Thank you so much! My favorite is definitely The O.G. It is the blend that changed my life and started this entire journey so I might be a little biased towards it for that reason. But the reason why I prefer it over our Chill blend (which is by far our best seller and fan favorite) is because I tend to have more issues with depressive anxiety marked by low motivation and low energy. I find that Chill can be a little too relaxing for me when I need something to help balance my energy and mood and soothe my anxiety without making me sleepy. I take a dropper with my coffee every morning!
I really like the fact that your products have flavor from terpenes, giving it natural notes rather than being masked by other added flavors. Was this intentional?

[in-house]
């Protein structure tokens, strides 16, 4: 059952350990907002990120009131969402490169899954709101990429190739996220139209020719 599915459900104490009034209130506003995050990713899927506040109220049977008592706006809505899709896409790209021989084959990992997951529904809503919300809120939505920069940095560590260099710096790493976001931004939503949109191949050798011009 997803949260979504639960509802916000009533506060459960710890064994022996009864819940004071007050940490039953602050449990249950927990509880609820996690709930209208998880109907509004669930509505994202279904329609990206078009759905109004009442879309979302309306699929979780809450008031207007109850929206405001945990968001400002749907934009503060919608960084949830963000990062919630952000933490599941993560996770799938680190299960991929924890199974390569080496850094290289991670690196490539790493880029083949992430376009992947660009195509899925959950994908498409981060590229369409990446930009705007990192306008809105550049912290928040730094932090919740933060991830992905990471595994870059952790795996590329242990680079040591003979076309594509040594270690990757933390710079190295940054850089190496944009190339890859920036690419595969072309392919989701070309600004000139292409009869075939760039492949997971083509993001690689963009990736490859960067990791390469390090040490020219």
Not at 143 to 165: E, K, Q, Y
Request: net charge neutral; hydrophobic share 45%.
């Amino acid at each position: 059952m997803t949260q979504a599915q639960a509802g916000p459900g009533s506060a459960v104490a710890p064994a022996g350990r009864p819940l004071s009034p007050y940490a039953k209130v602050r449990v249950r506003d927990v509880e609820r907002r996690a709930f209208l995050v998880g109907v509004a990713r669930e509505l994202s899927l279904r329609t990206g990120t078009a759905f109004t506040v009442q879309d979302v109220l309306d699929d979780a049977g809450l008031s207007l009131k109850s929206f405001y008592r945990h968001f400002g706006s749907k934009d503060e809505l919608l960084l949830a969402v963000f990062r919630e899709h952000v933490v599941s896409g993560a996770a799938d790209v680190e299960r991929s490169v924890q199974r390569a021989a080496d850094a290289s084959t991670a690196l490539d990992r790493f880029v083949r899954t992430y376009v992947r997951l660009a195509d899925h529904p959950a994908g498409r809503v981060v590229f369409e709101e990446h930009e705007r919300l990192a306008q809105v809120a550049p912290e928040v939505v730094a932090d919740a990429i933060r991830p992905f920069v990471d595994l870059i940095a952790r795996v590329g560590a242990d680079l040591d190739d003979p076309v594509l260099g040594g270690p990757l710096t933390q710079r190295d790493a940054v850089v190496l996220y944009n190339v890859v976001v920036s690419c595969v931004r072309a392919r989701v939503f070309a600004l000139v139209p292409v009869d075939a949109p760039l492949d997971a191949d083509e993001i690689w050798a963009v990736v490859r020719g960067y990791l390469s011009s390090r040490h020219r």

Definitely! Not only is it natural, but they are purposeful and contribute to the overall benefit. Terpenes work together with cannabinoids like CBD to create what is called the Entourage Effect, which can be boiled down to the idea that ‘the whole is greater than the sum of its parts’. Terpenes and other naturally occurring compounds within the cannabis or hemp plant actually help CBD be more stable and efficient once it enters our system. That is why full spectrum extracts are usually preferred over isolates. It’s not that isolates don’t work, they just have a much more narrow therapeutic window because those other supporting compounds are not present. We use pure maple to flavor some of our tinctures because the taste of black seed oil can be quite bitter and even that was a very intentional decision because I did not want to use any artificial flavoring. There is a very small amount used (less than 1/4 g of sugar per 1mL dose), but even in a larger dose pure maple has the lowest glycemic impact making it safe for even the Type1 Diabetics who rely on our products. Pure maple also has a rich vitamin and mineral content. We source this natural sweetener from SweeTrees Maple Farm which is only a 5 minute drive from our hemp farm!